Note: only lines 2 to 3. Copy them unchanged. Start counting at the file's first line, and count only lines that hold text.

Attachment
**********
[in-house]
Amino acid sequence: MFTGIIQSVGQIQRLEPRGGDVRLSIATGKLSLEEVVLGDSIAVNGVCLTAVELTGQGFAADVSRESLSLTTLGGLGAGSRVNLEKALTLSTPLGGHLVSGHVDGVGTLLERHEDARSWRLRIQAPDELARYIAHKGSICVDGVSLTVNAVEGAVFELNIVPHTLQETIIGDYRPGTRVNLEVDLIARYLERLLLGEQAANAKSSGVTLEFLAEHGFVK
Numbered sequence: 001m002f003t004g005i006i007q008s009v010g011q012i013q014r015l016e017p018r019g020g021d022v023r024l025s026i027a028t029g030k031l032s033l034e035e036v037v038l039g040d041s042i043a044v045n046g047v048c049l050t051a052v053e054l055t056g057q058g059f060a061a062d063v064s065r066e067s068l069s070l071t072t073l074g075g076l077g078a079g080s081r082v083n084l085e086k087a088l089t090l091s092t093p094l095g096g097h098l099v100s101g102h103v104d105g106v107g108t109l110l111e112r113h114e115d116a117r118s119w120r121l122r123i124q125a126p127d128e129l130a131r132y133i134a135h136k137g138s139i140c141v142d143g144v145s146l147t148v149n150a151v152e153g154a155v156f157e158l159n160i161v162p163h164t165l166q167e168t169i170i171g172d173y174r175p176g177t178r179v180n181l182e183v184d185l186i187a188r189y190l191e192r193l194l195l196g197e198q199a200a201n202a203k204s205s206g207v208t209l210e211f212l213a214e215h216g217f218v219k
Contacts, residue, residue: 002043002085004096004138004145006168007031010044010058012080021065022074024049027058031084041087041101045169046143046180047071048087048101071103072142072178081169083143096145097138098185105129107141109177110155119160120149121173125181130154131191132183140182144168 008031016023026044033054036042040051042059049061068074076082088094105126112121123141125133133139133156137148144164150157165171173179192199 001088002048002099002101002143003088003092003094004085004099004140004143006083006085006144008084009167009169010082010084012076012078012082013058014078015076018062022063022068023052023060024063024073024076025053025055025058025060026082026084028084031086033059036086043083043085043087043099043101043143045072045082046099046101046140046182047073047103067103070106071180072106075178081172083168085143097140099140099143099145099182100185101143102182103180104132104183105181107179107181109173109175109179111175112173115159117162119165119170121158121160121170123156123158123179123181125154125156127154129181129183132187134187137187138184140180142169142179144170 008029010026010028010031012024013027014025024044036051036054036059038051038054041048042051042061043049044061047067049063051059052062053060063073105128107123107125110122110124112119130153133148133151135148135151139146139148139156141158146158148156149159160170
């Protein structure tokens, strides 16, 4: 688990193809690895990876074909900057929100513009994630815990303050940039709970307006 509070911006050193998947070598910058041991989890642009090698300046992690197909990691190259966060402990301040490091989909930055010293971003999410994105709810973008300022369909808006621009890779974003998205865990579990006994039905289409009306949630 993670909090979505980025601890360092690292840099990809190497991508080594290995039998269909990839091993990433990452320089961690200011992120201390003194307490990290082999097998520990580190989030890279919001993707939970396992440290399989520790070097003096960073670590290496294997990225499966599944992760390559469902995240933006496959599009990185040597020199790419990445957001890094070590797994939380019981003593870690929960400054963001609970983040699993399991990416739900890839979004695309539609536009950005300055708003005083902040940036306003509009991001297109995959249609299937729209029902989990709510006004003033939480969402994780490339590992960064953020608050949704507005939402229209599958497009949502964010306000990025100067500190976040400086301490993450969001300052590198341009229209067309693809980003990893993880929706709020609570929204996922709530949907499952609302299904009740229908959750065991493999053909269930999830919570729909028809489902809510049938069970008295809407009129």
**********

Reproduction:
Amino acid sequence: MFTGIIQSVGQIQRLEPRGGDVRLSIATGKLSLEEVVLGDSIAVNGVCLTAVELTGQGFAADVSRESLSLTTLGGLGAGSRVNLEKALTLSTPLGGHLVSGHVDGVGTLLERHEDARSWRLRIQAPDELARYIAHKGSICVDGVSLTVNAVEGAVFELNIVPHTLQETIIGDYRPGTRVNLEVDLIARYLERLLLGEQAANAKSSGVTLEFLAEHGFVK
Numbered sequence: 001m002f003t004g005i006i007q008s009v010g011q012i013q014r015l016e017p018r019g020g021d022v023r024l025s026i027a028t029g030k031l032s033l034e035e036v037v038l039g040d041s042i043a044v045n046g047v048c049l050t051a052v053e054l055t056g057q058g059f060a061a062d063v064s065r066e067s068l069s070l071t072t073l074g075g076l077g078a079g080s081r082v083n084l085e086k087a088l089t090l091s092t093p094l095g096g097h098l099v100s101g102h103v104d105g106v107g108t109l110l111e112r113h114e115d116a117r118s119w120r121l122r123i124q125a126p127d128e129l130a131r132y133i134a135h136k137g138s139i140c141v142d143g144v145s146l147t148v149n150a151v152e153g154a155v156f157e158l159n160i161v162p163h164t165l166q167e168t169i170i171g172d173y174r175p176g177t178r179v180n181l182e183v184d185l186i187a188r189y190l191e192r193l194l195l196g197e198q199a200a201n202a203k204s205s206g207v208t209l210e211f212l213a214e215h216g217f218v219k